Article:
Given the madness of Saakashvili's actions in S. Ossetia at the start of August 2008, the Abkhazians naturally took advantage of the situation and finally liberated the one portion of their land that remained under Georgian control since the end of the war in 1993, namely the Upper Kodor Valley, into which Saakashvili had quite ILLEGALLY [If you REALLY care international law] introduced military troops (along with an alarming stockpile of offensive weaponry) in the early summer of 2006. What were the Abkhazians supposed to do? Spit in the face of the only state which has manifested a willingness to help over at least part of the 20 years of Georgian belligerence and outright aggression to which the Abkhazians have been subjected? The UN Security Council on the night of 7th-8th August 2008 refused (thanks to the blocking tactics of the USA and the UK) to issue even a call for a ceasefire in S. Ossetia (no doubt in the hope that Georgia would quickly achieve Saakashvili's goal of taking S. Ossetia back under Georgian control, which would have left the way open for a later assault on Abkhazia). In the light of this, is anyone seriously suggesting that the pro-Georgian international community would have lifted the smallest of fingers to prevent a further Georgian demarche into Abkhazian territory? I think not.

    Twenty years ago the distinguished Abkhazian historian Stanislav Lakoba wrote an article on Abkhazia's geo-political position; he entitled it 'Between the Hammer and the Anvil'. The West has had ample opportunity to insert a softening cushion. There is still time for it to do so, because the only obstacle standing in the way is its own series of ignorance-based short-sighted miscalculations.

  5. One Final Point For Abkhazia

    For some 60 years Abkhazia was forced to accept the unwelcome status of being a mere autonomous republic with Soviet Georgia (thanks to the ruling of the Georgian dictator Stalin-'Iosef Vissarionovich Dzhugashvili'). For daring to defend our interests in the face of Georgian nationalist aggression, we were subjected to 14 months of savagery. In alliance with our allies from the Abkhazian diaspora or our cousins in the North Caucasus, we succeeded in ejecting the invader and winning the war. All that Georgia under its various leaders/governments has been willing to offer us by way of a settlement is a return the ‘status quo ante’.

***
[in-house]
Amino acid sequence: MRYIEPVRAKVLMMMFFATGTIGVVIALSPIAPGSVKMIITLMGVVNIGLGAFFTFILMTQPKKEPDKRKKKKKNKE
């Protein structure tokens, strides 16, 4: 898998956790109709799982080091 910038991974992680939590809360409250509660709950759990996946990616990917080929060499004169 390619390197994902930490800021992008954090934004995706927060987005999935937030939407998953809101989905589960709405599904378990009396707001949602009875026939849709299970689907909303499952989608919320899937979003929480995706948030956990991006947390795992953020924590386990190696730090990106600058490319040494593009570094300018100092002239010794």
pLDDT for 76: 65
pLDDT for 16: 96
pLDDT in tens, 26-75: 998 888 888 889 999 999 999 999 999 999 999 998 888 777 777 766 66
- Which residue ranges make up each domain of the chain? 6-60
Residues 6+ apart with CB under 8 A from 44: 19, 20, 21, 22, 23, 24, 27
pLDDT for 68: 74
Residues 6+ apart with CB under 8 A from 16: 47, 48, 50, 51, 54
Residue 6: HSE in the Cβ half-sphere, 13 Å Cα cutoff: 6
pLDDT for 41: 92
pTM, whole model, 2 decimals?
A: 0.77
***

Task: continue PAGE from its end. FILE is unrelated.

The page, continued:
How many examples are there in history where a people after being invaded, losing 4% of their population, and yet finally winning the war have meekly resigned themselves to accepting the selfsame subordinate status they had before the tragedy of a war inflicted upon them? This is something that the Georgian side and their international backers (who have no interest in the fate of minorities but think solely of the ‘big picture’ of preserving territorial integrity, of finding allies in an unstable part of the world, and of securing the flow of oil) would do well to remember.

    Abkhazia is NOT Georgia. Abkhazia is Abkhazia! They should be told by their EU, NATO and US ‘friends’ to accept this fact, find a ‘modus vivendi’ with their neighbours (big and small alike), and then contribute to the creation of stability and prosperity for the Caucasus region as whole. We can all then get on with our lives in the peace that we all deserve.

  6. It is very funny and ironic that Georgians talking about international laws ,while not obeying any international rule or even not obeying to the agreements prepared by themselves. I didn't know that international laws has allowed them to destroy Abkhazians.

  7. ''If you talk about Muhajirs, then Georgians have nothing to do with that...''

    -- In the 19th century the only people in Transcaucasia to fight against Russian encroachment were the Abkhazians, who battled alongside their cousins in Ubykhia and Circassia, whereas Georgia was already allied to Russia and thus helped the tsars to crush North Caucasian resistance.

    Did you know about it?

    And who is responsibility of Stalin and Beria's anti-Abkhazian policy?

    During the early years of Soviet rule, Abkhazia and Georgia were separate and equal union republics. In 1931 Abkhazia was forced to join Georgia, but it retained some autonomy until 1936, when Abkhaz leader Lakoba was poisoned by Georgian party boss Beria.

    Please read the commentary - AGAIN AND AGAIN.

    And your last question: ‘Abkhazia did not formally declare independence until 12 October 1999. And this was in large measure the result of frustration at continuing bad faith on the part of Tbilisi in post-war negotiations. Pace Cornell (p.192), it has not been the Abkhazians who have refused to compromise — one might say that after their military victory, they were fully entitled to declare independence at once (September 1993), and yet they continued to pursue federative possibilities, whilst all that Georgia has offered is a return to the status quo ante bellum (some compromise from Georgia!). After protracted talks and constant last-minute revisions by Georgia a Protocol was ready for presidential signing in summer 1997, and yet at the last minute Tbilisi (not Sukhum) refused (Abkhazian Foreign Ministry Document 325, 25 Dec 1997). Such petty obstructionism continues, for in February 2001 Georgia's UN Ambassador, P’et’re Chkheidze, refused to sign two draft-documents, claiming them “unacceptable for the government of Georgia” — as the respected commentator, Liz Fuller, noted in her Radio Liberty report (4.5, 2 Feb 2001): “Chkheidze's criticism is surprising as the versions of both drafts currently under discussion were proposed by the Georgian side”.